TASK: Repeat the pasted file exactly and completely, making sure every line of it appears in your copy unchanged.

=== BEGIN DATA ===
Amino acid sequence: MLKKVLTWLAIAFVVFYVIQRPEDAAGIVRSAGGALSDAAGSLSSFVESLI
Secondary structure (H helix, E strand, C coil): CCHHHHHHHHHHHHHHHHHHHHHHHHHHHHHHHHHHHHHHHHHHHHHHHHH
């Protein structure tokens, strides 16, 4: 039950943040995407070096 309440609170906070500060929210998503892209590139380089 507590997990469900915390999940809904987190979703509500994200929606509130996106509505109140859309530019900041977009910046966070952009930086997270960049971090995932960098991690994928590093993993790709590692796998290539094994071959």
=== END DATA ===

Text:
Amino acid sequence: MLKKVLTWLAIAFVVFYVIQRPEDAAGIVRSAGGALSDAAGSLSSFVESLI
Secondary structure (H helix, E strand, C coil): CCHHHHHHHHHHHHHHHHHHHHHHHHHHHHHHHHHHHHHHHHHHHHHHHHH
């Protein structure tokens, strides 16, 4: 039950943040995407070096 309440609170906070500060929210998503892209590139380089 507590997990469900915390999940809904987190979703509500994200929606509130996106509505109140859309530019900041977009910046966070952009930086997270960049971090995932960098991690994928590093993993790709590692796998290539094994071959």